Key decisions and activity from Kitchener City Council - August 26, 2019

Posted On Tuesday August 27, 2019

Neighborhood Safer, Slower Streets approved—speed limit pilot project moves forward

Council has approved a pilot project to study the impact of reducing speed limits from 50 km/h to 40 km/h in three residential neighbourhoods. In the two identified neighbourhoods which include schools, the existing 40 km/h speed limit in school zones will be reduced to 30 km/h. A map of the pilot neighbourhoods can be found here.

A study conducted by staff of all collisions in Kitchener over the past five years showed that while 95 per cent of collisions were between vehicles, collisions between a vehicle and a pedestrian or cyclist were the cause of 70 per cent of collision-related serious and fatal injuries. Research indicates that in a collision between a vehicle travelling at 50 km/h and a pedestrian, the likelihood of survival of the pedestrian is only 15 per cent. This survival rate increases to 75 per cent if the vehicle speed is reduced to 40 km/h.

The pilot will allow the city to better understand the impacts, challenges, and costs associated with a posted speed limit of 40 km/h. This pilot will begin in fall 2019, and will run for the course of a year. The city’s Transportation team will monitor the three neighbourhoods for the duration of the pilot and report their findings to council in fall 2020.

More information about the proposed pilot can be found in staff report: DSD-19-159.

Ontario should consider a deposit program for pop cans and water bottles: City Council

Tonight, Kitchener City Council formally responded to the Ontario Government’s discussion paper “Reducing Litter and Waste in Our Communities.”

The provincial discussion paper seeks to find ways for Ontario to reduce the amount of waste generated and divert more waste from landfill. The report outlines a number of proposals for increased responsibility among the producers of plastic and other packaging, as well as calling for the establishment of a common collection system.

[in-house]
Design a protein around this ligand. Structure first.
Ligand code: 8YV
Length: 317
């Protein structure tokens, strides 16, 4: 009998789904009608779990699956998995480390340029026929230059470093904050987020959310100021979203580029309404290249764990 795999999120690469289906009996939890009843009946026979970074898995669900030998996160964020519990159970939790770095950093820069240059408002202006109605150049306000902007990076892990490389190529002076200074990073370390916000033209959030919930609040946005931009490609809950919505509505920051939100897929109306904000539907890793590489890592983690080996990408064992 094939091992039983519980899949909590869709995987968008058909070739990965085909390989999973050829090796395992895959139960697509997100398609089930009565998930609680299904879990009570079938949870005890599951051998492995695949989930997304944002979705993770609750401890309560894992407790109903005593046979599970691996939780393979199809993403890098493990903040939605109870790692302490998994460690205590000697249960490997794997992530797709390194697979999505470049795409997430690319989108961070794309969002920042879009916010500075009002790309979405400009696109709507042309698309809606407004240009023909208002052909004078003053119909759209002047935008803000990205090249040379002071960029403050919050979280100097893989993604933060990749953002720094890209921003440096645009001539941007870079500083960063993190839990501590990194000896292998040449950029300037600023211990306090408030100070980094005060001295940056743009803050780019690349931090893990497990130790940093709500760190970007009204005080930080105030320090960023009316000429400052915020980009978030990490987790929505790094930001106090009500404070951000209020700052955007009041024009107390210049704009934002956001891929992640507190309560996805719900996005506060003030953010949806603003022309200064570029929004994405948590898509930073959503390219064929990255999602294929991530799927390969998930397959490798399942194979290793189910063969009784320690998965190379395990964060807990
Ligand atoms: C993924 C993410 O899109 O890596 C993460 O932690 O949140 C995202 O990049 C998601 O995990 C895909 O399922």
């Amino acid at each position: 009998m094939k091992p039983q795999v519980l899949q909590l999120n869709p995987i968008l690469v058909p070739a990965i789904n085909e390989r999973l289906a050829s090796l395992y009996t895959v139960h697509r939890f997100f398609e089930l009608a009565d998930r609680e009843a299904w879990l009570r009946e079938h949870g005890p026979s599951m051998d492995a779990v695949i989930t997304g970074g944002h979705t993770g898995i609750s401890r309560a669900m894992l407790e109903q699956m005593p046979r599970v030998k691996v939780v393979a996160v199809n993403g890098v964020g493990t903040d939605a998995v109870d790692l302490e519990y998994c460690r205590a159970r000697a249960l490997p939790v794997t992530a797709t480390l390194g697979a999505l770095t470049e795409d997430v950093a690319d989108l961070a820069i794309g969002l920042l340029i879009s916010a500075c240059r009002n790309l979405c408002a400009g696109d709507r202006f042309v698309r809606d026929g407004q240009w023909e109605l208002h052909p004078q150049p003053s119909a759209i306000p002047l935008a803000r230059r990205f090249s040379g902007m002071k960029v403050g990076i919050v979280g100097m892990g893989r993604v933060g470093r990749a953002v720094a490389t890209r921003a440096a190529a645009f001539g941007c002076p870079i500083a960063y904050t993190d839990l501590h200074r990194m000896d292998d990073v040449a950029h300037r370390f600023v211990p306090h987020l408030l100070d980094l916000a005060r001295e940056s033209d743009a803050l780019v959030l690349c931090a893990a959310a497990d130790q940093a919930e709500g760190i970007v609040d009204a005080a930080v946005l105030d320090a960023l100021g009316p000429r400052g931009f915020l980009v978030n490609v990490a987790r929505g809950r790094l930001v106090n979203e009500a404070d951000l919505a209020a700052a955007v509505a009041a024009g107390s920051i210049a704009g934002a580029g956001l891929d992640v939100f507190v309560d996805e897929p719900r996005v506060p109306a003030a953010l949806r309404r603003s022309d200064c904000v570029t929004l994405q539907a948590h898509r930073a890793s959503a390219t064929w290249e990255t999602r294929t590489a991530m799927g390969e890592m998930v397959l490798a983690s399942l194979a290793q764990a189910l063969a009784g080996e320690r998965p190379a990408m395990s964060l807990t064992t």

A motion introduced by Councillor Bil Ioannidis is asking the province to look into a deposit program for pop cans, water bottles and other single use drink containers. Producer-led deposit programs for single use plastic, aluminum and metal drink containers are successful in other provincial jurisdictions in Canada.

Kitchener is proud to have been the first municipality in the world to introduce a blue box program. We are committed to continuing that tradition of environmental leadership.

More information about the Ontario Government’s discussion paper: Reducing Litter and Waste in Our Communities

Kitchener asks Federal government to stop calling single-use wipes ‘flushable’

Single-use hygienic wipes are becoming more popular, now a $6 billion dollar industry and growing, but they are not in fact safe to flush. Unlike traditional toilet paper, these wipes are buoyant, not biodegradable and unable to breakdown. Yet, many manufactures label their hygienic wipes as ‘flushable,’ even though they are not.

These wipes are accumulating in the sewer systems and eventually clog municipal sanitary systems. Single-use wipe blockages are costing residents hundreds of millions of dollars each year across the country in repairs and maintenance.

Council unanimously approved a motion introduced by Councillor Bil Ioannidis asking the Federal government to regulate the word ‘flushable’, remove the word from packaging of non-biodegradable single-use wipes and assist in consumers in learning how to properly dispose of these wipes.

Kitchener confirms its commitment to diversity and belonging

City Council affirmed its commitment to equity, diversity and inclusion by voting to formally come out against the polarizing Bill 21, Quebec’s law barring employment opportunities to people who wear religious symbols including hijabs, turbans, kippas, and crucifixes in the course of their duties.

Banning people from participating in the public service alienates and marginalizes whole communities of faith and but also emboldens adherents of hate, allowing racism to grow.

Introduced by Councillor Margaret Johnston and unanimously approved by council, the motion formally denounces Bill 21 and the Legislative Assembly of Quebec.

 

For more information:

Jennifer Hassum

Director, Corporate Communications and Marketing | City of Kitchener
519-741-2200 ext.7046 | TTY 1-866-969-9994 | jennifer.hassum@kitchener.ca

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